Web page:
Yes. A man is allowed to draw the unemployment benefit and so many shillings a week if he has earned those shillings out of his normal hours. But the ruling is that an ex-soldier's hours are 24 and he is not allowed the privilege. I am certain that in all quarters of the House we want to see that the ex-service man gets fairness and even a preference if it can be given, and I appeal to the Minister to consider that point.

My Noble Friend the right hon. Member for Horsham (Earl Winterton) mentioned that hon. Members below the Gangway opposite adopted an attitude hostile to recruiting. Right hon. Gentlemen on the Front Ministerial Bench do it in a mellower way, but they have expressed such sentiments in private conversation and on the platform. I attribute to them, in a very large degree, the falling off that has taken place in recruiting. In the year 1925, when the Estimates were introduced, there was a note that

"recruiting during the past 12 months has been disappointing."
In the following year, after the Conservative party had been in office, I find this note:
"Recruiting during the past year has on the whole been satisfactory. The total numbers enlisted are not a true indication of the popularity of the Army as a profession, since only 36 per cent, of those offering themselves were taken."
I should be very glad if the right hon. Gentleman could give us some further information for last year. What percentage of the men offering themselves for enlistment were taken during the year?

1.0 a.m.

I must apologise to the right hon. Gentleman. I will read it in his speech to-morrow. The statement issued with these Votes has a very significant paragraph. The right hon. Gentleman writes there that the general position gives some cause for disquietude. The right hon. Gentleman goes on to mention the lowering of the dental standard and the height standard. Why, if the dental standard is to be lowered and recruits are in greater need of dental assistance, is the dental personnel being cut down? We are to-day 10,000 men short in the Army, and we are 14,000 short in the Reserve. At the same time, the unemployed in the country is going up by from 10,000 to 15,000 per week. I want to ask the right hon. Gentleman if he will consider whether the Army is or is not a suitable occupation to be classed as a normal occupation from the point of view of unemployment insurance. In this matter, I go further than the hon. Member for Colchester (Mr. O. Lewis). I do not draw any distinction between covenanted and uncovenanted benefit. If an engineer, or textile worker, after a certain number of weeks, can be sent to chip off frozen snow, to dig roads, or break stones, on what grounds is he not allowed, if of suitable age and unmarried, to take service with the State? I ask the right hon. Gentleman, as a trade union leader and a representative of the textile community, whether he considers that these young fellows are not good enough to join the Army, or whether, as Secretary of State for War, he considers that the Army is not good enough for these young fellows?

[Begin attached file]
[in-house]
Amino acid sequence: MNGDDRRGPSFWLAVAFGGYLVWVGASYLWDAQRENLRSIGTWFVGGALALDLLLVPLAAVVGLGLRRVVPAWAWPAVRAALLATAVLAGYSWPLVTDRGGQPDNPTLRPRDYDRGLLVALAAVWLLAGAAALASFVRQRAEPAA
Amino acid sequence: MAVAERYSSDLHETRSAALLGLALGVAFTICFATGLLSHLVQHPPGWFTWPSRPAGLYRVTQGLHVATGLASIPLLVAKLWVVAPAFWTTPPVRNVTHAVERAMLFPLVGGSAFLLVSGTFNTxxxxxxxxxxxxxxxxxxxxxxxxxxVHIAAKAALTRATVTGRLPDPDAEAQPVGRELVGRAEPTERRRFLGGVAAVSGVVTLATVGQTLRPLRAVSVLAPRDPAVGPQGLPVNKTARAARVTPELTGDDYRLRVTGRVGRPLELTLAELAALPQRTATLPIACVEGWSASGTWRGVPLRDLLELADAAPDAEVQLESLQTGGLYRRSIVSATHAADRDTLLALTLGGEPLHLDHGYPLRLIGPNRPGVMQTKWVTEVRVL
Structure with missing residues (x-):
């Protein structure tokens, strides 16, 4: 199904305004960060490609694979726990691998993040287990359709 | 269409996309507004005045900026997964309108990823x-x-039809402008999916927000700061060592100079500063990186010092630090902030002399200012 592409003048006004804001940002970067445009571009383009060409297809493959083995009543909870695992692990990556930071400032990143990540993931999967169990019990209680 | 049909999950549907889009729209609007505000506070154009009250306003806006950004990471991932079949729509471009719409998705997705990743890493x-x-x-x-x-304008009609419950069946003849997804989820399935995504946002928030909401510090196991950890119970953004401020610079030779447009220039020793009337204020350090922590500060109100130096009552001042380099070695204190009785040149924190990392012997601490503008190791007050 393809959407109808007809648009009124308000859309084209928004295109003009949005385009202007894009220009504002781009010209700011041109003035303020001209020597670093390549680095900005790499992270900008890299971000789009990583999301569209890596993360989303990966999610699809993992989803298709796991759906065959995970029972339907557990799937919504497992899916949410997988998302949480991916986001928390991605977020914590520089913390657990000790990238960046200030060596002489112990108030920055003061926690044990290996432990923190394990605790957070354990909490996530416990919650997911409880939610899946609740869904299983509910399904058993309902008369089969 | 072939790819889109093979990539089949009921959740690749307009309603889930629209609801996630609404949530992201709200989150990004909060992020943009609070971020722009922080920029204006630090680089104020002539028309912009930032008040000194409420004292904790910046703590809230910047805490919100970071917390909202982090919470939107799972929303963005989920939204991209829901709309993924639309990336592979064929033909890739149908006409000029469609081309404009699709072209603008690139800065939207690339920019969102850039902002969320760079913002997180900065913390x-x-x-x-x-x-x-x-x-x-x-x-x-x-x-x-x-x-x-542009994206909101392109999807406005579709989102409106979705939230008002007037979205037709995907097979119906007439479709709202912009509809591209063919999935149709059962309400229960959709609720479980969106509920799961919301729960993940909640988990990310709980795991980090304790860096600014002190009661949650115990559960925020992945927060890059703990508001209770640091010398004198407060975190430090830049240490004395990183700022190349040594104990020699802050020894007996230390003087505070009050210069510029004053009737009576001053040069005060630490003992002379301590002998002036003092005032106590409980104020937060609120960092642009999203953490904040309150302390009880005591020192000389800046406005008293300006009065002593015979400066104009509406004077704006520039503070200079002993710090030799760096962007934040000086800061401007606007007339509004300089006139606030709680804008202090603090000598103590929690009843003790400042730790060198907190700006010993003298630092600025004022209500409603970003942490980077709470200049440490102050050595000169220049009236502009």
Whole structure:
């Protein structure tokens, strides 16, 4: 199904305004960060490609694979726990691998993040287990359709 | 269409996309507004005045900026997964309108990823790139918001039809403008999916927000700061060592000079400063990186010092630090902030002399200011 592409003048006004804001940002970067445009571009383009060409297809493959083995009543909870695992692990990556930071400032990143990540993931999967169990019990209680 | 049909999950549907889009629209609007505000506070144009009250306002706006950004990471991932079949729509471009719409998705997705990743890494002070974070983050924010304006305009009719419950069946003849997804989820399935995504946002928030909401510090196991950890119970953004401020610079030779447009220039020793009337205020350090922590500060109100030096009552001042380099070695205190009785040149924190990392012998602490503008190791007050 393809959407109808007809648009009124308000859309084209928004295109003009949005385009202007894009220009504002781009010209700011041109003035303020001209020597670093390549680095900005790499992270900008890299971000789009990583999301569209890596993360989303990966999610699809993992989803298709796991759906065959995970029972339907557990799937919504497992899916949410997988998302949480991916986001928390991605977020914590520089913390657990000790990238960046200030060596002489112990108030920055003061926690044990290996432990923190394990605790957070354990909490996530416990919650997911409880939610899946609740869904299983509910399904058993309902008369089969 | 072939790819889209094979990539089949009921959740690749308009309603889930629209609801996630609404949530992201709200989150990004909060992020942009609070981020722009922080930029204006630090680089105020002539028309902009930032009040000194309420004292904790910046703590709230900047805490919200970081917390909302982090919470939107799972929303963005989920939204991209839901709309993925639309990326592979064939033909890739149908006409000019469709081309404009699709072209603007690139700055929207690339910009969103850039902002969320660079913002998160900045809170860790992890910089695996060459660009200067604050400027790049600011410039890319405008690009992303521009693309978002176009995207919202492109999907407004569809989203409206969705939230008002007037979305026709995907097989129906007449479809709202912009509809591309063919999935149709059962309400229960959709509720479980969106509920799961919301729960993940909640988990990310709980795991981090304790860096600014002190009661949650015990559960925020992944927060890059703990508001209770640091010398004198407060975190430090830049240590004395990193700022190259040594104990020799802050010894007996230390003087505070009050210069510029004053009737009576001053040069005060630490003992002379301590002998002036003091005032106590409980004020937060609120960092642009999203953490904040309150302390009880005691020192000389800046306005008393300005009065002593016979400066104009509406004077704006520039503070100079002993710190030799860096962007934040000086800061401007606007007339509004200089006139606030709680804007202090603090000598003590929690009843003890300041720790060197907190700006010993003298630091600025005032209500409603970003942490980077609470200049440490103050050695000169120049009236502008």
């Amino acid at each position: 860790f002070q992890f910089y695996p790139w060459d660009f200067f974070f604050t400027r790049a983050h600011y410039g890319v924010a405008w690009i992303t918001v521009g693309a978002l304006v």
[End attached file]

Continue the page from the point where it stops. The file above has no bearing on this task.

The Financial Secretary says that he is most averse to bringing any economic compulsion to bear. Surely, the hon. Gentleman must realise that from the moment we are born until the moment we die everyone of us in this country is subject to economic pressure. Is anyone going to work at his desk for eight, 10 or more hours a day, in the factory or in the coal mine, or at any job of that kind, if he is not subject to economic pressure? We cannot get away from it. If the right hon. Gentleman says that this Army Service is of a sort more degrading and less suitable to a young fellow than those I have mentioned, I hope he will get up and make a clean breast of it. The Army supplies educational training, discipline, and an outlook on life such as no trade can do. It takes young fellows across the sea to see India, Malta, the Sudan, and helps them to realise the greatness of this Empire in a way which hon. Members opposite cannot realise. I hope the Secretary of State for War will consider whether an Army career is not a suitable alternative job for unemployed men.

I will not weary the Committee by a long speech. Exception has been taken to the length of the speeches delivered by myself and my hon. Friend, and I know from the points put that we have dealt with nearly everything raised. If I cursorily refer to those with which I have dealt in extenso, I hope the Committee will not take any offence and count it to me for righteousness that I have acceded to their desire not to make a long speech. The hon. and gallant Member who raised the question of the medical profession may be assured that consider it of sufficient importance to merit special and careful investigation. When the strength of the medical profession in the Army is reduced by one-seventh below the standard, surely any person with any sense who is responsible must try to find a reason, if it can be found, and try to find a remedy. I agree fully as to the importance of maintaining the medical services at their full strength.